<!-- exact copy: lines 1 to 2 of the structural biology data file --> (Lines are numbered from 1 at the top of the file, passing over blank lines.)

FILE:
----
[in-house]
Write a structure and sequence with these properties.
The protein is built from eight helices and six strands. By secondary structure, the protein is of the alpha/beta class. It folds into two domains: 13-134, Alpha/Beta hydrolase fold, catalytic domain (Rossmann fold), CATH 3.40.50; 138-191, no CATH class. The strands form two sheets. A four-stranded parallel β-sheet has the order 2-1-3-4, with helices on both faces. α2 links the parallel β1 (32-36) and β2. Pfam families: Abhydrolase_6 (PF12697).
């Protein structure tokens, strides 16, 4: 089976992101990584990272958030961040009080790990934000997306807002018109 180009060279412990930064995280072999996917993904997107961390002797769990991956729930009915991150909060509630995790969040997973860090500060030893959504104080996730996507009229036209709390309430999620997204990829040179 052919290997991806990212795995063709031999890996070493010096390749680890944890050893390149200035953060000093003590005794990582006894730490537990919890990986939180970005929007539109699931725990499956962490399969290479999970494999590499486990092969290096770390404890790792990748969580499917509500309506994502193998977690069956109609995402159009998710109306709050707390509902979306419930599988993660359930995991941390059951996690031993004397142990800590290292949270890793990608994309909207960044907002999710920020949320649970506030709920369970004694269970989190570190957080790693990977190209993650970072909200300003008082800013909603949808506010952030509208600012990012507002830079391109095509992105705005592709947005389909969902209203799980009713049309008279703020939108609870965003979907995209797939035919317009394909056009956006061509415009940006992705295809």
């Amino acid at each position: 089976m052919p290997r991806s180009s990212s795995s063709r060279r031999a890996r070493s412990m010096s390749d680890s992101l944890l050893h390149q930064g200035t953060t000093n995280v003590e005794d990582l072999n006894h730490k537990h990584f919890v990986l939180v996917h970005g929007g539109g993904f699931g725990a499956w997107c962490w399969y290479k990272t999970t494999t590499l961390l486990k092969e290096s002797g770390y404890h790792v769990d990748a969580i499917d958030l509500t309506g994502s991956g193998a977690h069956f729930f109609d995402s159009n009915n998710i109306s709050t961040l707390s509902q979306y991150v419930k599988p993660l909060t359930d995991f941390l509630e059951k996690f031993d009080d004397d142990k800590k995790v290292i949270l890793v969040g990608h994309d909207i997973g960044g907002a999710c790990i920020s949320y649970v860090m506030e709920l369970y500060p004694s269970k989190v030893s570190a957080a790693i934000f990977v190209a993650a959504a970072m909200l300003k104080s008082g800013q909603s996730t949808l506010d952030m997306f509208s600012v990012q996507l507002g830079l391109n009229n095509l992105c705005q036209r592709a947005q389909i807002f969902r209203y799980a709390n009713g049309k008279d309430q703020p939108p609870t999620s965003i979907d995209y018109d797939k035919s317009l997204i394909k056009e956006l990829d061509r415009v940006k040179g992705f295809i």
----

[in-house]
Write a structure and sequence with these properties.